A Jack Kirby Comic Book Chronology ~ Between The Covers 1940-1993

The Classic Comic Book Blog
Jack KirbyIn a world full of Jack Kirby tribute sites, we decided to make one a little different, an attempt to track down every cover of every comic book Jack Kirby ever drew, including a few long forgotten and obscure firsts and fun stuff. In fact, we're going to begin by putting every cover his work was first published in even though he didn't draw the cover. It goes without saying that between 1940 and 1955 Jack was partners with the equally talented Joe Simon. Quite often the division of their work cannot be attributed to one or the other with both working on different aspects of writing, drawing and inking. But from the first, Jack had a distinctive style of his own that was obvious. Kirby's characters had a unique body language, expressing power and movement. His faces had character. Joe Simon was an excellent draftsman and did many of the layout which Kirby took to completion. His characters were leaner than Jack's, his faces longer and more angular. But after a few years, the two had truly grown together forming one cohesive style. After they split in 1956, Jack's style gradually evolved into an even more dynamic style featuring characters who looked like Greek Gods come to life, brimming with mythical power and exaggerated
Jack Kirby Portrait by Susan Saar 1992
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Added December 28, 2015 ~ 1943 & 1944 & 1945
1940 1941 1942 1943 1944 1945 1946 1947 1948 1949
1950 1951 1952 1953 1954 1955 1956 1957 1958 1959
1960 1961 1962 1963 1964 1965 1966 1967 1968 1969
1970 1971 1972 1973 1974 1975 1976 1977 1978 1979
1980                 1994
Jack Kirby's first comic book work appeared in a title called Wags in 1938. This book is hard to track down. the most information I've been able to find comes from I'm quoting directly here from their website: The comic was made up of recycled US Sunday newspaper supplements with a new wraparound cover. WAGS appeared on January 1, 1937 with 32 pages and ran every week until November 4, 1938 shrinking to 16 pages along the way for a total of 88 issues. Originally printed in the US with the J.B. Powers United Press imprint for export to the UK until issue #31 when it began carrying the imprint of TV Boardman. Eisner strips appeared in the British version from #16 (April 16, 1937).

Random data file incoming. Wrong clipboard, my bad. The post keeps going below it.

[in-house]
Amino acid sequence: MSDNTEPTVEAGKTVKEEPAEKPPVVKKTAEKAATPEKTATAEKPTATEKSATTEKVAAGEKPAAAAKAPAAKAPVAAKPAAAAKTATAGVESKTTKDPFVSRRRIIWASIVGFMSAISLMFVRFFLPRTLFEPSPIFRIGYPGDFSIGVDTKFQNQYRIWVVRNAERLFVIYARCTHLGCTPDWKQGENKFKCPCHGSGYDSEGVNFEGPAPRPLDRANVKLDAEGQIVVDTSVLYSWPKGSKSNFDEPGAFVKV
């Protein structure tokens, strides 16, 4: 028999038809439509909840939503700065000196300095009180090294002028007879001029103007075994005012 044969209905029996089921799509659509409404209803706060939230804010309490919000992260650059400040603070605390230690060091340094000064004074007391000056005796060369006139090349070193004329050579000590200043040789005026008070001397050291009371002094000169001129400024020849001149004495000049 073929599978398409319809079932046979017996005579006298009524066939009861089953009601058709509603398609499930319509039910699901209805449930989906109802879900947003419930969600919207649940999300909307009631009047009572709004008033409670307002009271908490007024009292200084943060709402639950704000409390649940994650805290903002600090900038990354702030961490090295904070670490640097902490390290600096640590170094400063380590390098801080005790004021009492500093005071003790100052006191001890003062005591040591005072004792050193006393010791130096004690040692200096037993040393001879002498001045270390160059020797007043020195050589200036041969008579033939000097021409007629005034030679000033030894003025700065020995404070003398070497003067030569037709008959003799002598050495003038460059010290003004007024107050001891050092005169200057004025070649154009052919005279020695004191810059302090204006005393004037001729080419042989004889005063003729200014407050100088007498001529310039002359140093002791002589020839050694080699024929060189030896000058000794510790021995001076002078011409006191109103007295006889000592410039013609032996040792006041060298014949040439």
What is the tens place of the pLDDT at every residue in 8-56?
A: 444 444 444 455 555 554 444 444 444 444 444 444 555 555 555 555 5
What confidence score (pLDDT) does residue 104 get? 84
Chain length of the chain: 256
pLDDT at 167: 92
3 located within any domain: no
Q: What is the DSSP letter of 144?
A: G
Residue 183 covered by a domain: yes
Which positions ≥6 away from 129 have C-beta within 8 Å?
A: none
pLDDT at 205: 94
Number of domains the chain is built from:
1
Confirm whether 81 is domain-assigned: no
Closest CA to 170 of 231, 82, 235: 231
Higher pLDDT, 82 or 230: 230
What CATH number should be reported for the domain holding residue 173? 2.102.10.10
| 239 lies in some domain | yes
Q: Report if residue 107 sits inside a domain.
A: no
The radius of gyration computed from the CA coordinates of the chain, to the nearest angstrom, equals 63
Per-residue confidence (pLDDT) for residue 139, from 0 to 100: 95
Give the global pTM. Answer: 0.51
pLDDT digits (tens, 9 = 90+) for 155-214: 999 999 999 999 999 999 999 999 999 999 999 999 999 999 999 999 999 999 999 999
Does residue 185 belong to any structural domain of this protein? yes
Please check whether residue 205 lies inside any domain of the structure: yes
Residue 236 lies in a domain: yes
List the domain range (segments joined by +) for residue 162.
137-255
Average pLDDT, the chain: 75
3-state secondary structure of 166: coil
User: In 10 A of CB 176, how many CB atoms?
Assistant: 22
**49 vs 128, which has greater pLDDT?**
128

Jack's first works appeared in Wags #64 through 71 published weekly March through May 1938. Here's the only cover I can find, #16 from 1937, so you get the idea.
During this period Jack was working under a number of names before he finally settled on Kirby. It had to be a kick for him the first time he saw his work in print. Imagine how much more exciting it was the first time he got a cover. Certainly it was always first and foremost a living with Kirby, but he loved the comics and he had to be pretty proud the first time he saw his work published. Imagine him showing it to his future wife, Roz. Look at this honey, I'm an artist. For real! Even if it only in the funny papers.
Jumbo Comics #1 - 1938 Jumbo Comics #2 Jumbo Comics #3 Famous Funnies #61 - 1939 Famous Funnies #62
Famous Funnies #63 Famous Funnies #64 Famous Funnies #65 Crash #1 - 1940 Crash #2

What was the first comic book cover Jack Kirby drew? Most sources say it was Champion #9, but look closely at Science Comics #4 and Champion # 8, all of which predate Champion #9 by as much as four months.